Romeo & Juliet

Love and hate, comedy and tragedy roll into Shanghai.

Theatre Anon and East West Theatre team up for an all-female production of William Shakespeare’s tragic tale of feuding houses and star-crossed love. We talk with Natasha Portwood about the passion of youth, making her directorial debut, and introducing a new generation to one of the Bard’s most celebrated works.

EastIndie: Where did the idea to stage the show originally come from and why did you want to put it on?

Natasha Portwood: As a teenager I had the privilege of playing Juliet in a fairly traditional production and since then I’ve always wanted to revisit Romeo & Juliet, but with a different approach and interpretation. I decided that I wanted to direct this play some time ago, but a long period of convalescence, following a serious illness earlier this year, gave me a real incentive and the time to start working on the production properly.

EI: Why do you think Romeo & Juliet has continued to capture people’s interest over the centuries?

NP: In Romeo & Juliet, Shakespeare has captured so perfectly those initial magical stages of falling for another human being, the moment when those feeling are reciprocated, falling with abandon and the absolute excitement and joy that follows. It’s about the passion of youth, not just being in love and in lust, but also the rage and frustrations that come with being young and those emotions and experiences that shape us and follow us into adulthood. Above all else, this is a play that deals with families, friendship, and relationships in their many forms and the desire to love, to be loved and to belong—I think most people can relate to some or all of the above!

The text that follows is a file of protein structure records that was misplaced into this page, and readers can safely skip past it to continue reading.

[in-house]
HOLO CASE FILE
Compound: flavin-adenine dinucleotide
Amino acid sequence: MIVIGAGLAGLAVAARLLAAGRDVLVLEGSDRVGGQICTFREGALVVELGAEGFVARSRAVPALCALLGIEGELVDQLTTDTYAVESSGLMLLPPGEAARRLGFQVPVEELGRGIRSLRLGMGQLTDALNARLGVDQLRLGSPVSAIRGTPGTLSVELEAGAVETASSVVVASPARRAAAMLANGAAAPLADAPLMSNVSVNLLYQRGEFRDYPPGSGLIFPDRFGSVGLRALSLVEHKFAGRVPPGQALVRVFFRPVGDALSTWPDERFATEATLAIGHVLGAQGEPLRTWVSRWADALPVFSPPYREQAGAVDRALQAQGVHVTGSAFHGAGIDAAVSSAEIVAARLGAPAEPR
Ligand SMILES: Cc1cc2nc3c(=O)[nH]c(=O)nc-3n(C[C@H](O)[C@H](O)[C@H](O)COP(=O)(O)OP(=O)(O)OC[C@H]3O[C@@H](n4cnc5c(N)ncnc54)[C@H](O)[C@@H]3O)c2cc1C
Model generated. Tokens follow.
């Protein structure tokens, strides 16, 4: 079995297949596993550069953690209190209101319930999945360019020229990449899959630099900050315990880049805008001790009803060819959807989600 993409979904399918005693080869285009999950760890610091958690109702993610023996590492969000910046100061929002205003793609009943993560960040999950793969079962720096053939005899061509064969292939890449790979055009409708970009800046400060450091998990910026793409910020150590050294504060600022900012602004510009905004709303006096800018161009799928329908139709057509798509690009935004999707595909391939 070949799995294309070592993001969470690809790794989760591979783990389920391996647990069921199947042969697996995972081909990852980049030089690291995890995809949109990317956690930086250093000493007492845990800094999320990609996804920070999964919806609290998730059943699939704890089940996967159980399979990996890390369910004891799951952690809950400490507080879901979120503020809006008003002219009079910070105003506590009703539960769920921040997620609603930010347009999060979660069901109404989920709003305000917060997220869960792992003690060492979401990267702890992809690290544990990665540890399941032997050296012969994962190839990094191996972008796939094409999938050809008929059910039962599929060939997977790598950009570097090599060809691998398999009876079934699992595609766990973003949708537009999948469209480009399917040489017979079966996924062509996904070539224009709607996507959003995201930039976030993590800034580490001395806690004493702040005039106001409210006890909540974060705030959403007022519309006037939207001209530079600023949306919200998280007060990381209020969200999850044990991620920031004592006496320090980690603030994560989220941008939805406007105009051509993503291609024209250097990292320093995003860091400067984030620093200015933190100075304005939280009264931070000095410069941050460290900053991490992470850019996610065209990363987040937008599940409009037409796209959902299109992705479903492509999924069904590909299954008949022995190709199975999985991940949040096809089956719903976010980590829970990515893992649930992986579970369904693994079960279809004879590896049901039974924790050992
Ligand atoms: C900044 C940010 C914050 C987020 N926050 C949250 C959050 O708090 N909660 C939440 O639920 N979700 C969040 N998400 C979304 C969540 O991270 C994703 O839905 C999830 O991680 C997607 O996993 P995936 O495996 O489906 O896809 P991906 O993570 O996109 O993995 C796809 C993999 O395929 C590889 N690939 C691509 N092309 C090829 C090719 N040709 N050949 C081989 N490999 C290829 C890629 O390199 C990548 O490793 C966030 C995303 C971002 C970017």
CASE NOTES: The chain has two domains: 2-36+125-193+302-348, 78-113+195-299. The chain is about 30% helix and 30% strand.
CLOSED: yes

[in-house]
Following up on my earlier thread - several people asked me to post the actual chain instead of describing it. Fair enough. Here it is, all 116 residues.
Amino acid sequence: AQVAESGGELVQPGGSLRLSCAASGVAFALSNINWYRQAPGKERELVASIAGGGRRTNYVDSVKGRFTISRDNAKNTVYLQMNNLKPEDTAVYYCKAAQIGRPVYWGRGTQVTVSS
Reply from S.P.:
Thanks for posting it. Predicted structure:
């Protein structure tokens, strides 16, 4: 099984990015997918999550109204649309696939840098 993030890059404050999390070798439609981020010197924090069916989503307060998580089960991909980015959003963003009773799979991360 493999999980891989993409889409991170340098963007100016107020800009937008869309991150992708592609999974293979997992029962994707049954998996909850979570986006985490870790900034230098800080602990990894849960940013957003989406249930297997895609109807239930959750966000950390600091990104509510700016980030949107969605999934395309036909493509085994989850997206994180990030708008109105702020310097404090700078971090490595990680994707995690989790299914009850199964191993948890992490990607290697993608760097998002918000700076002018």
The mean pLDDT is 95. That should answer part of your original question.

Commend Me to Thy Lady: Romeo (Kirsten Lee Olson) implores Juliet’s Nurse (Elaine Fenwick) for a small favor in Theatre Anon and East West Theatre’s all-female production of Romeo & Juliet.

EI: Where do you think Romeo & Juliet rates compared with Shakespeare’s other works?

NP: It’s my personal favorite because not only does it contain some of the most beautiful dialogue in English literature, but because it also deals with many different relationships and emotions on such a real level. What I love about Romeo & Juliet is that although it’s ultimately a tragedy, it’s a play of two halves—the first of which contains some of Shakespeare’s funniest and most colorful scenes, language and characters, and the second of which is full of anger, despair, and heartbreak.

EI: Why did you want to do an all-female version of the show?

NP: As an actress it’s often a challenge to secure parts—there is always a great deal of competition and often fewer female roles on offer than male roles. I’ve been cast as a man several times and I enjoy exploring stories and situations not only from a different person’s point of view, but from a different gender perspective too. In Shakespeare’s time Romeo & Juliet would’ve been performed by an all-male cast, as women were not permitted onstage, but since we have an abundance of exceptionally talented actresses here in Shanghai I wanted to reverse that and give these wonderful women an opportunity to play some of the greatest roles in English drama. As women, we sometimes have to fight or compromise to succeed, but this has been an extremely positive, rewarding and, empowering experience.

The Blood is Spilt: Lady Capulet (Kat Cooper) reacts to the death of Tybalt (Jamie Stevens) in the Theatre Anon-East West Theatre Shanghai production of Romeo & Juliet.

EI: What other changes should we expect to see in this adaptation?